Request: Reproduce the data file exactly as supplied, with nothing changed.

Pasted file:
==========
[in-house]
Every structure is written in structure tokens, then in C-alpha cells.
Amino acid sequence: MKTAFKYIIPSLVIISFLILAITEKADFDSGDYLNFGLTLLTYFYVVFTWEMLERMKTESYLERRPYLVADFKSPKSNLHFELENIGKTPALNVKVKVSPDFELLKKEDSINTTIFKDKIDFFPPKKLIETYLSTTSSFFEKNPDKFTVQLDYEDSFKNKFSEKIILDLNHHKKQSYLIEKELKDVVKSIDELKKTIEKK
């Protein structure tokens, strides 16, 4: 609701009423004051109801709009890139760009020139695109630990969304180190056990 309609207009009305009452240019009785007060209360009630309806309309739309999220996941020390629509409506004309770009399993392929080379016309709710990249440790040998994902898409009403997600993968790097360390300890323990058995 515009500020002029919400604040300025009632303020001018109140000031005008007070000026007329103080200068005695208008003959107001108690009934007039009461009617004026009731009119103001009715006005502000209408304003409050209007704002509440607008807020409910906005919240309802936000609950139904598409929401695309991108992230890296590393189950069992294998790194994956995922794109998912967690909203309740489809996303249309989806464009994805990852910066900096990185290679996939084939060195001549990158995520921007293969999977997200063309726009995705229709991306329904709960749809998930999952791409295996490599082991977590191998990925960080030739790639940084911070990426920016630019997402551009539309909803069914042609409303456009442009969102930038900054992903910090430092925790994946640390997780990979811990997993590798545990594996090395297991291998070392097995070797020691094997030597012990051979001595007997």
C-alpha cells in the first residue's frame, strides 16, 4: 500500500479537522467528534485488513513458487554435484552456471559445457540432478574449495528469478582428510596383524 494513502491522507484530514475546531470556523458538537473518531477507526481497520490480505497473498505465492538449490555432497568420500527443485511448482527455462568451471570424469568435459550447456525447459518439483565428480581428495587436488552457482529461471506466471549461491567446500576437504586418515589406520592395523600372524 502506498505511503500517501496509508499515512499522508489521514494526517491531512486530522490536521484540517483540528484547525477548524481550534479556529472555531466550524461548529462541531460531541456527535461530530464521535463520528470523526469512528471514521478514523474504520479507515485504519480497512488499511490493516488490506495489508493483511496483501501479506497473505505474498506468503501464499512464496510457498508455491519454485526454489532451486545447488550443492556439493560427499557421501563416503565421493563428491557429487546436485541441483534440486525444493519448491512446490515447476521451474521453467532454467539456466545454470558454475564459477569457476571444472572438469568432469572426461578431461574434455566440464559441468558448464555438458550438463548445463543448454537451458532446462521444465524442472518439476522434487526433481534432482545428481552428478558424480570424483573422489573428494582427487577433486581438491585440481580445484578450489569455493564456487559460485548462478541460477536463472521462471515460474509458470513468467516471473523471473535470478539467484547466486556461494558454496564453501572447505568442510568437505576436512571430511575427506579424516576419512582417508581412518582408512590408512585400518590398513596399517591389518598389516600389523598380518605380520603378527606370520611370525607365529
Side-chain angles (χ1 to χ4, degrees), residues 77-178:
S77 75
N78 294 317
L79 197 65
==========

[in-house]
Every structure is written in structure tokens, then in C-alpha cells.
Amino acid sequence: MKTAFKYIIPSLVIISFLILAITEKADFDSGDYLNFGLTLLTYFYVVFTWEMLERMKTESYLERRPYLVADFKSPKSNLHFELENIGKTPALNVKVKVSPDFELLKKEDSINTTIFKDKIDFFPPKKLIETYLSTTSSFFEKNPDKFTVQLDYEDSFKNKFSEKIILDLNHHKKQSYLIEKELKDVVKSIDELKKTIEKK
């Protein structure tokens, strides 16, 4: 609701009423004051109801709009890139760009020139695109630990969304180190056990 309609207009009305009452240019009785007060209360009630309806309309739309999220996941020390629509409506004309770009399993392929080379016309709710990249440790040998994902898409009403997600993968790097360390300890323990058995 515009500020002029919400604040300025009632303020001018109140000031005008007070000026007329103080200068005695208008003959107001108690009934007039009461009617004026009731009119103001009715006005502000209408304003409050209007704002509440607008807020409910906005919240309802936000609950139904598409929401695309991108992230890296590393189950069992294998790194994956995922794109998912967690909203309740489809996303249309989806464009994805990852910066900096990185290679996939084939060195001549990158995520921007293969999977997200063309726009995705229709991306329904709960749809998930999952791409295996490599082991977590191998990925960080030739790639940084911070990426920016630019997402551009539309909803069914042609409303456009442009969102930038900054992903910090430092925790994946640390997780990979811990997993590798545990594996090395297991291998070392097995070797020691094997030597012990051979001595007997």
C-alpha cells in the first residue's frame, strides 16, 4: 500500500479537522467528534485488513513458487554435484552456471559445457540432478574449495528469478582428510596383524 494513502491522507484530514475546531470556523458538537473518531477507526481497520490480505497473498505465492538449490555432497568420500527443485511448482527455462568451471570424469568435459550447456525447459518439483565428480581428495587436488552457482529461471506466471549461491567446500576437504586418515589406520592395523600372524 502506498505511503500517501496509508499515512499522508489521514494526517491531512486530522490536521484540517483540528484547525477548524481550534479556529472555531466550524461548529462541531460531541456527535461530530464521535463520528470523526469512528471514521478514523474504520479507515485504519480497512488499511490493516488490506495489508493483511496483501501479506497473505505474498506468503501464499512464496510457498508455491519454485526454489532451486545447488550443492556439493560427499557421501563416503565421493563428491557429487546436485541441483534440486525444493519448491512446490515447476521451474521453467532454467539456466545454470558454475564459477569457476571444472572438469568432469572426461578431461574434455566440464559441468558448464555438458550438463548445463543448454537451458532446462521444465524442472518439476522434487526433481534432482545428481552428478558424480570424483573422489573428494582427487577433486581438491585440481580445484578450489569455493564456487559460485548462478541460477536463472521462471515460474509458470513468467516471473523471473535470478539467484547466486556461494558454496564453501572447505568442510568437505576436512571430511575427506579424516576419512582417508581412518582408512590408512585400518590398513596399517591389518598389516600389523598380518605380520603378527606370520611370525607365529
Side-chain angles (χ1 to χ4, degrees), residues 77-178:
S77 75
N78 294 317
L79 197 65